The Determinants of a Health-promoting Lifestyle in Older Adults
Review TypeNone: Degree-based Submission
Repository Posting Date2019-06-17T16:01:41Z
Author(s)Stockert, Patricia A.
Author DetailsPatricia A. Stockert, PhD, RN
Lead Author Sigma AffliationNon-member
Level of EvidenceOther
Research ApproachQuantitative Research
CINAHL HeadingsHealth Promotion -- In Old Age; Life Style -- In Old Age; Health Promotion; Life Style
Health promotion for the older adult is of critical concern for nursing. Health promotion activities may help this group maintain their health, experience optimal functional capacity, remain independent, and lower medical costs. Limited and conflicting information on health promotion activities and factors that influence these behaviors is available in this population. The purpose of this study was to identify determinants of a health-promoting lifestyle in an older adult population by examining components of the Health Promotion Model. The study also used structural equation modeling to examine the psychometric properties of the Health Promoting Lifestyle Profile II (HPLPII) in older adults. A survey design was used to gather data. Convenience sampling techniques were used to survey 900 adults over the age of 60. Subjects were recruited via a network of persons known to the researcher and through senior organizations and independent living facilities in Central Illinois. The subjects completed four questionnaires: The Participant Profile, Laffrey Health Conception Scale, Perceived Health Competence Scale, and the Lifestyle Profile II. All questionnaires were returned anonymously by mail. Analysis showed that older adults had scored higher in health promotion activities related to spiritual growth, interpersonal relations, and stress management. Path analysis and multiple regression showed that perceived health, gender, education, race, definition of health, and self-efficacy were significantly related to the older adults practice of health promotion behaviors. Structural equation modeling was used to test the psychometric properties of the HPLPII. Testing of the measurement models reduced the HPLPII from 52 to 22 items. Examination of the R2 and T-values for the 22-item higher order model indicated that the instrument was a reliable and valid measure of health-promoting lifestyle in an older adult population. Cronbach's alpha showed the 22-item instrument had a high degree of internal consistency (r = 0.89).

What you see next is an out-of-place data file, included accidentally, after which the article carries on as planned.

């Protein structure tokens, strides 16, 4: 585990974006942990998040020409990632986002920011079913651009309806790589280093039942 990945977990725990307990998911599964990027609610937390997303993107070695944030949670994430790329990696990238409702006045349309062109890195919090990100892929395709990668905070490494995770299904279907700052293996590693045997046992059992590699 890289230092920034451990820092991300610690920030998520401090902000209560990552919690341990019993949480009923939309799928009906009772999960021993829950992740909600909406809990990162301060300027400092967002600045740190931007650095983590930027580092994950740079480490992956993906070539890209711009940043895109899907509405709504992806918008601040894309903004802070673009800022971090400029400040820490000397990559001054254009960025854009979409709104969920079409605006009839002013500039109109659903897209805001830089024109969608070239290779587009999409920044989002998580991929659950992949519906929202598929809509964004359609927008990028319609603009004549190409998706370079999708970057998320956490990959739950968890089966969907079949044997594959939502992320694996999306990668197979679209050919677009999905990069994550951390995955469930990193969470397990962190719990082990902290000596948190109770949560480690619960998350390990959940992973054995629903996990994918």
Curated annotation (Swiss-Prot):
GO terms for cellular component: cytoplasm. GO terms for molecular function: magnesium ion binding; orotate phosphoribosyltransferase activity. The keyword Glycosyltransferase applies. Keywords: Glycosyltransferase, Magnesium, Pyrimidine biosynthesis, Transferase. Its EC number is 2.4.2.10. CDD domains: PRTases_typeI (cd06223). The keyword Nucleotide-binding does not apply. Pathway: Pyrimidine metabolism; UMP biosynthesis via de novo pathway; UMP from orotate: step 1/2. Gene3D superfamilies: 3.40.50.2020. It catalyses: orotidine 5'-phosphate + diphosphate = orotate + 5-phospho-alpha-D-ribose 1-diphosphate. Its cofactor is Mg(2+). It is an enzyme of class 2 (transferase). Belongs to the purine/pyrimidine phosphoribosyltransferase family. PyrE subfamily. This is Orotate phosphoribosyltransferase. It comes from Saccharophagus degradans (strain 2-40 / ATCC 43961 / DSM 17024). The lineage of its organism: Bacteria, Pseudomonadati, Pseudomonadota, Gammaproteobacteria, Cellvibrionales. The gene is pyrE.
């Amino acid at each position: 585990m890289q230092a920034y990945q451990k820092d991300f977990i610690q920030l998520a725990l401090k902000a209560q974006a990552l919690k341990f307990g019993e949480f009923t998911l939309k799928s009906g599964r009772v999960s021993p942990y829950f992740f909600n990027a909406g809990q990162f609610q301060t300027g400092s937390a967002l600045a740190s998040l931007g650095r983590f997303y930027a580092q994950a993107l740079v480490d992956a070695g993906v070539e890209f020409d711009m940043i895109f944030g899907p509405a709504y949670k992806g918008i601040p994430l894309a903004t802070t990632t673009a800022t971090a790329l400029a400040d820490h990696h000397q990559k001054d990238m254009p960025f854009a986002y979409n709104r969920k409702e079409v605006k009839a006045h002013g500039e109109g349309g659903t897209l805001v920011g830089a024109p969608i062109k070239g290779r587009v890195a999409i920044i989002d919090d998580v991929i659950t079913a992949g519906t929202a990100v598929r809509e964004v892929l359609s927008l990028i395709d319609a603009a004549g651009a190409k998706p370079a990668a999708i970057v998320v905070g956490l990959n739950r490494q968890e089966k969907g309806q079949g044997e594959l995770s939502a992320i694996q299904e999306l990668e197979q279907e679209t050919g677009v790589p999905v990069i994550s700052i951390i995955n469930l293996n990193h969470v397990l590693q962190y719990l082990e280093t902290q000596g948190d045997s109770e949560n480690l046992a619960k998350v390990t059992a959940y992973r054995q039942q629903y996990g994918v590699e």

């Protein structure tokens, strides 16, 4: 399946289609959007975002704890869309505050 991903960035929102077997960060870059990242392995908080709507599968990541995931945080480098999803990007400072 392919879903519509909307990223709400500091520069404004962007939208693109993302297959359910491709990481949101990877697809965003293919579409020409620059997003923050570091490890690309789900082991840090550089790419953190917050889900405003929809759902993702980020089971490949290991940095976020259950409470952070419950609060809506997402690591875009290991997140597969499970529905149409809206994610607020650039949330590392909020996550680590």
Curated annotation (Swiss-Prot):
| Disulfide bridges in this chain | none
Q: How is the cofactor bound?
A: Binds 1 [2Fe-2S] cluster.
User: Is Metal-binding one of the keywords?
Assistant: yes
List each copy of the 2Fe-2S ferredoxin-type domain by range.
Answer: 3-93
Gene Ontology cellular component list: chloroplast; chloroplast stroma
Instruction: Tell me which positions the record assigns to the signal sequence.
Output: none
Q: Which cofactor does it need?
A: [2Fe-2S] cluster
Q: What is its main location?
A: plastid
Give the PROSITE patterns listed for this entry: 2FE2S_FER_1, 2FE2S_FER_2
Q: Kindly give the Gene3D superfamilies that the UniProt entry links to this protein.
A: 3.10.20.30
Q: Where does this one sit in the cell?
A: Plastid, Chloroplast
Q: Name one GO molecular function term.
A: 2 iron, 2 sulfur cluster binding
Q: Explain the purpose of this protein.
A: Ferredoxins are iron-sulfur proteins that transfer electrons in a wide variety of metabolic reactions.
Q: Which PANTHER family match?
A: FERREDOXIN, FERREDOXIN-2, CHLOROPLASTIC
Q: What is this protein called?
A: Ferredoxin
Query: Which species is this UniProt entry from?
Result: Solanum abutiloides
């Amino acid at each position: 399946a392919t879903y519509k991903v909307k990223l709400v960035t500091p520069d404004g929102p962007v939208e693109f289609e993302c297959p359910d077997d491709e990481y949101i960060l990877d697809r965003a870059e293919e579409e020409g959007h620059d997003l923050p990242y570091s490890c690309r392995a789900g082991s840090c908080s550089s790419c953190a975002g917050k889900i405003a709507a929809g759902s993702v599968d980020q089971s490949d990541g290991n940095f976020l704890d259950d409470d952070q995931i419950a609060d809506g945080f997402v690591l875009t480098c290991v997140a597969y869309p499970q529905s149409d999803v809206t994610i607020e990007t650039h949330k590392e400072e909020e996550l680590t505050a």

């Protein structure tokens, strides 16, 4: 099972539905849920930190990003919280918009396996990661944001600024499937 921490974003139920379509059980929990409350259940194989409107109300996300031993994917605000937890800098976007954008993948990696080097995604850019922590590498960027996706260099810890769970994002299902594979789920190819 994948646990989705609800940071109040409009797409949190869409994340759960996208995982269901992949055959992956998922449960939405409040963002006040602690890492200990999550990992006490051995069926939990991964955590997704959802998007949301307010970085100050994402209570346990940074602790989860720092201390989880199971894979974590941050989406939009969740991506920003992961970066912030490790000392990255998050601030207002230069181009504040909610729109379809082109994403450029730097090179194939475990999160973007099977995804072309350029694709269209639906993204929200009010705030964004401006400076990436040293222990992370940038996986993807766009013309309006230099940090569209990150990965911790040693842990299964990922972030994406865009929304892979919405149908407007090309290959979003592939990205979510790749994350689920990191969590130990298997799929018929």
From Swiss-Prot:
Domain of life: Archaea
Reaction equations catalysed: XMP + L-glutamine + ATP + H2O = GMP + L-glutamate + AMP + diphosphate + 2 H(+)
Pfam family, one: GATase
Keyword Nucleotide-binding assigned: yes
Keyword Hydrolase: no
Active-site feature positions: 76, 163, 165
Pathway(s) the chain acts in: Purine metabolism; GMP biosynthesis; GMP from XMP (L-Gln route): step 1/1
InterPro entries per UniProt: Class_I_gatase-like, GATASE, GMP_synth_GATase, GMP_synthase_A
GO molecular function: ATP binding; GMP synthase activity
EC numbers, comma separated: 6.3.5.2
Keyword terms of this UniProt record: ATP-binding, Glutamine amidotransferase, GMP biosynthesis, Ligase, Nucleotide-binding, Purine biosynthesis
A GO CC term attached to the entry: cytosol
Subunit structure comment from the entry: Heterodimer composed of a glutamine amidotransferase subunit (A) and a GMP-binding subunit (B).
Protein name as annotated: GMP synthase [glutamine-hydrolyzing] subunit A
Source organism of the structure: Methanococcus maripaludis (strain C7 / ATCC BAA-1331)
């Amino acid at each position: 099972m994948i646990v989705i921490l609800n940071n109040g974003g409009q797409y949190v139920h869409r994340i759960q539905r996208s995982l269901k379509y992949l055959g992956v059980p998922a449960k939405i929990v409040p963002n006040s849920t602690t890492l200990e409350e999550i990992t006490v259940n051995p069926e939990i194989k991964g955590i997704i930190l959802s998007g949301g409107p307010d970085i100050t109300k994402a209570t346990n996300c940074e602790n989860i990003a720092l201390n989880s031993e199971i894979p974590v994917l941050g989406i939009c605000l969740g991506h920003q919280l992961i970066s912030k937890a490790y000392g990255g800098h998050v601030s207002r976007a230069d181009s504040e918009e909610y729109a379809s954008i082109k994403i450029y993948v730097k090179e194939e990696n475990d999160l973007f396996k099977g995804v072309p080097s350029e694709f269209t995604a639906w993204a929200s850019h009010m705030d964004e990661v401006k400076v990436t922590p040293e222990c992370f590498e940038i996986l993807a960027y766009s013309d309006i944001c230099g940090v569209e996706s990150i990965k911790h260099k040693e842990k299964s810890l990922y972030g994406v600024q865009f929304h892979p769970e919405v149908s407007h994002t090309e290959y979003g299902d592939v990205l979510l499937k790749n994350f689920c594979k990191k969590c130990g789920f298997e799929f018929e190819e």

DescriptionThis dissertation has also been disseminated through the ProQuest Dissertations and Theses database. Dissertation/thesis number: 3000696; ProQuest document ID: 230732202. The author still retains copyright.
Advisor(s)Lavin, Mary Ann
Degree GrantorSaint Louis University
NotesThis item has not gone through this repository's peer-review process, but has been accepted by the indicated university or college in partial fulfillment of the requirements for the specified degree.
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